Eve Valkyrie from CCP Games is a first for virtual reality. Not only is the game coming to all three of the major VR platforms — the Oculus Rift, HTC Vive, and PlayStation VR — but it will support cross-platform play. No matter what system you have, you'll be able to play with, or against, your friends on any of the other headsets.
Andrew Willens, the lead game designer on Valkyrie, said that getting the game running well on the PlayStation VR wasn't a huge challenge, although he also joked that the team's technical director may want to shoot him for saying as much.
"It’s not been a huge kind of hurdle of any kind, really," he told Polygon. "Same with all the platforms, the thing has been making sure they can all talk to each other for cross-platform play. But the game is the same on all platforms, and Playstation VR is what it is, it’s another headset. Obviously there’s a certain degree of optimization work that has to happen for the PlayStation 4, but they’re all kick-ass machines, basically."
The PlayStation VR version of the game is an impressive achievement. Valkyrie is a graphically intensive game, and framerate has to be rock-solid for a comfortable VR experience. While it's clear the game doesn't look quite as good on the PlayStation 4 as it does on a high-end gaming PC, you're comparing a console that is sold for $350 with hardware that's around $950 for a minimum-spec Oculus Rift system.
I was able to play a few rounds on the PlayStation VR, and it was a comfortable experience. Valkyrie's framerate never dipped and the game remains as beautiful, if a bit more jagged, than the PC version. Having spent so much time in the retail versions of the Oculus Rift and the HTC Vive, the comfort level of the PlayStation VR hardware is even more striking.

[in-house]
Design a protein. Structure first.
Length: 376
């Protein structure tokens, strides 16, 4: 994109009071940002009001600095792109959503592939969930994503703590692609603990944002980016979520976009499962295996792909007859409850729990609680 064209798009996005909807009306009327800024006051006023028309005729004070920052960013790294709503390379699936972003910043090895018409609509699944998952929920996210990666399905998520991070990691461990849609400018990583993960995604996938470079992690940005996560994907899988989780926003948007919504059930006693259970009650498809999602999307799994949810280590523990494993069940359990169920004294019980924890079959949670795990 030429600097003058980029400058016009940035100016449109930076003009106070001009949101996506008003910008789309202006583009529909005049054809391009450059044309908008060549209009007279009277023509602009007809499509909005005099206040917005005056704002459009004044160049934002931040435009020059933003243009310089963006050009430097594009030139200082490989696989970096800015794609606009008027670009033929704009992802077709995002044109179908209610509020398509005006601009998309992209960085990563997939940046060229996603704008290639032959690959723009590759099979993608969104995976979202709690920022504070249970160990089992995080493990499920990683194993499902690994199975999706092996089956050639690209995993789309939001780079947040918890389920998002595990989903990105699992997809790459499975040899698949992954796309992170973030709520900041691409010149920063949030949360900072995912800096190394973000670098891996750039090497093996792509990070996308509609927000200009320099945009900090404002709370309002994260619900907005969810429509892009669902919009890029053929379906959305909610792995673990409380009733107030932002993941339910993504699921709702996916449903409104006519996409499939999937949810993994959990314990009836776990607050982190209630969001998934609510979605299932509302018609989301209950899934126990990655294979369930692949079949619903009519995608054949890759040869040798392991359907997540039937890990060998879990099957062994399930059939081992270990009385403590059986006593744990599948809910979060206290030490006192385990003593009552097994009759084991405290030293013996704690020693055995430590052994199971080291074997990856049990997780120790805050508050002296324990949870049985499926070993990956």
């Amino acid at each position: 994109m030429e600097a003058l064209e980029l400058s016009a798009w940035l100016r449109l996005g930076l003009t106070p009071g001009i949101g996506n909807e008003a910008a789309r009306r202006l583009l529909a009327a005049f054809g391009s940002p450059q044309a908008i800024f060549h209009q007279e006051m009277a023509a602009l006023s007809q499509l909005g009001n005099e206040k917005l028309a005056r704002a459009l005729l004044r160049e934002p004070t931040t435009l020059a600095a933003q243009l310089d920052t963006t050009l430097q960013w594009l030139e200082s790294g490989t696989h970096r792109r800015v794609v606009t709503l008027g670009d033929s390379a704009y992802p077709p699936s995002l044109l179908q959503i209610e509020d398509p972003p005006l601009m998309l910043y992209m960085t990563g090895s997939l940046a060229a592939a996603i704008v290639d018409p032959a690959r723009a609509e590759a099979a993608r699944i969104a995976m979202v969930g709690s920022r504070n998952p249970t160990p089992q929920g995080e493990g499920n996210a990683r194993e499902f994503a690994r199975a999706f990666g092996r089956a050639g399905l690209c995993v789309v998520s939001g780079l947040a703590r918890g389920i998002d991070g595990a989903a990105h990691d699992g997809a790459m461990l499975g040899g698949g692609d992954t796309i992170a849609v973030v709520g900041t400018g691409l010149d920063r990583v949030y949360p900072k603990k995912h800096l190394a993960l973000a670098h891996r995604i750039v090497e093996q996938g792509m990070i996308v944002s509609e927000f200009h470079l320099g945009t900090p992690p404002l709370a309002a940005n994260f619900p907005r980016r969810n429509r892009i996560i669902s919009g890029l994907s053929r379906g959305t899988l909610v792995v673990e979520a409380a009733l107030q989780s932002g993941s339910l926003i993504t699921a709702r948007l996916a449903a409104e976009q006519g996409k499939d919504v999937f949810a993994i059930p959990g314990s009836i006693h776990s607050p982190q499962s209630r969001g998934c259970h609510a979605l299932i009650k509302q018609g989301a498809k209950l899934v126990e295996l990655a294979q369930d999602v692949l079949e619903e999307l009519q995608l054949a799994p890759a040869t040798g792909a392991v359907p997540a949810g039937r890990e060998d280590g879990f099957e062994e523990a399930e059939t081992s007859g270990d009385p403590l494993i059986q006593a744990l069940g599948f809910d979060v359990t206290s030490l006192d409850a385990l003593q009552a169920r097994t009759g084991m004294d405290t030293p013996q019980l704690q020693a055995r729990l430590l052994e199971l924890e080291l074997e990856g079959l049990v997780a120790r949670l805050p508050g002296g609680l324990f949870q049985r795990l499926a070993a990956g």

If given the choice of all three systems, I could see myself choosing to play on the PlayStation simply due to the low weight headset and the ease with which you can put it on and take it off, even with glasses. Another advantage the PlayStation VR version has over the Rift version is the PlayStation 4's ability to output the game to the television, full-screen, natively.
The breakout box handles all the heavy lifting, so anyone in the room with you when you play will be able to get a good look at what you're seeing in-game. The Rift version outputs a small window to the desktop while you play, oriented vertically. The PlayStation VR version, in other words, doesn't just benefit from the comfort of Sony's hardware, but the company's focus on the social aspects of VR. It will be an easier version of the game to spectate or stream.
"It gives you the 2D output, basically," Willens said, of the PlayStation VR's breakout box. "PlayStation is really keen on the social screen, they don’t want it to be the headset on, and that’s it."
The fact that you don't have to choose between communities when deciding where to play the game is also a huge plus, much work is going into making sure it's comfortable and fun to play on all three pieces of hardware. The playing field will be level.
"Where my job kind of ends is I make sure the game is the same on all systems, that there’s no unfair advantage for anyone, no platform advantage," Willens explained. "Obviously there are graphical differences, it would be insane to deny that. But the game is the same, the content is the same."
Content that's released for the Rift version of the game will also be released alongside the PlayStation VR version when it's released, and further development on new maps, ships and game modes will be the same for all versions of the game.
"The vision is, in a year’s time when all the headsets are on the market, we’re literally doing content drops for everyone at the same time," Willens said. "That’s the vision, that’s what we’re aiming for. There shouldn’t really be any difference. We’re making a game, it just happens to be on other platforms."